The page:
Then there's the guilt. Ah....the guilt. The guilt that I had to lay down my crying baby for 3 minutes so I could use the restroom. The guilt that I had to supplement with formula for a week (sidenote: I don't think anyone who uses formula is bad! I wanted to breastfeed, and when I thought I wasn't able to, it felt like I was failing). There was guilt of not having the house completely clean because she could catch a disease. I felt guilty that I wasn't fitting into this new role effortlessly. I thought I would only be able to handle having one child and I felt guilty for that. There was guilt for not inviting people over to see her (the reason I didn't invite people over wasn't because I didn't want them to see her, but because I already felt so overwhelmed). I felt guilty every time I cried. I felt guilty for looking like I got struck by lightning. I felt guilty for not being a good wife. I felt guilty every time I felt guilty. 

I don't want this to be a sob story. I want to be constructive. I hope that someone who has felt the way I described above will feel comfort knowing that they aren't alone. 
 The advice I would give to others struggling with PPD is to stay close to God and other things that give you purpose and lift you up. Take the time to nurture your marriage. Know that you are enough. That child is yours for a reason. No one could be a better mom to your baby. Don't feel guilty for taking time for yourself. Get as much sleep as possible. Try to eat well. Put a reasonable amount of effort into getting ready for the day- this may mean just putting on mascara. Recognize that it's okay to struggle and it's okay to not feel the same as your other fifty mom friends who seem to get the greatest joy from mountains of laundry and wiping spit up off their shirts (more power to them!). For goodness sakes break down and buy yourself a pair of pants that actually fits! Be nice to yourself. As much as you want to hide under your covers in bed, get out. Put on a bra (okay, so that one's not so fun). Take yourself out to lunch. Watch a movie during your 12 daily breastfeeding sessions. Remember that this time you have right now is not forever. They grow so fast. Try to focus and enjoy your days with them. Be present. Push out the bad thoughts about yourself.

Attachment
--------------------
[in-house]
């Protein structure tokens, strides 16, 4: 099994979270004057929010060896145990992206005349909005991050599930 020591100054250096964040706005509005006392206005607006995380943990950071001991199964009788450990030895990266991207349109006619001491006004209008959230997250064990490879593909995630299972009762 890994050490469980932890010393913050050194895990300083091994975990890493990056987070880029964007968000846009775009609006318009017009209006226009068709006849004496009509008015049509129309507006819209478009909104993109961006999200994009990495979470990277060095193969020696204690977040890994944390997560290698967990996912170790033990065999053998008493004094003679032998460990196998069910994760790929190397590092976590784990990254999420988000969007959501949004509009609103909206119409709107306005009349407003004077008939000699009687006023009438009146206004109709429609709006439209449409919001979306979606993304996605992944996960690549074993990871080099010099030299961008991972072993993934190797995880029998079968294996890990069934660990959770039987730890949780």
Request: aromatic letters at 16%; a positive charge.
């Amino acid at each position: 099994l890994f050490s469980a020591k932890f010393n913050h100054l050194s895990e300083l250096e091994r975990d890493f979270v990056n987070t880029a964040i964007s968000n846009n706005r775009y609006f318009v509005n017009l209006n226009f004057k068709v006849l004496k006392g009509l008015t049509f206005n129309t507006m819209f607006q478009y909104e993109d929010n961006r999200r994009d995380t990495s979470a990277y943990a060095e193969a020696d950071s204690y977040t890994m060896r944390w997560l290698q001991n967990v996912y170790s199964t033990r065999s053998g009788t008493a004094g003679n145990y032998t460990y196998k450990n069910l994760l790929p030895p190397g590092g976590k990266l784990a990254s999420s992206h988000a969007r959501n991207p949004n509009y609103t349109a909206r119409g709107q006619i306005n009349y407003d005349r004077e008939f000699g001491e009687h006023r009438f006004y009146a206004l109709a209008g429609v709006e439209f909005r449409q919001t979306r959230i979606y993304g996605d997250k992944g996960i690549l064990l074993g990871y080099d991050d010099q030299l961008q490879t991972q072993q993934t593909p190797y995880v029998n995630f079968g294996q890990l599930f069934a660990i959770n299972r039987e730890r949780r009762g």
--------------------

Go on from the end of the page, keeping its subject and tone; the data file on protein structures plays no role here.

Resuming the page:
And if all else fails, you can write me an e-mail and vent about everything :) You know this sista will help you out! 

p.s. Thank you to everyone who has been so loving and kind to me these past few months. It has meant a lot. 


Megan said...

I can relate to all of this all.too.well. You describe the feelings of PPD perfectly and it really feels like you are so out of control and can't get a grip on anything. You are torn between so many emotions it's so overwhelming. I think you are absolutely amazing and you have done an incredible job at getting through this trial and loving that little Ainsley girl. You are blessing so SO so many lives with this post, I just know it. This needs to be talked about more and not looked down upon. Thank you for being so honest and raw and courageous. I love you!!!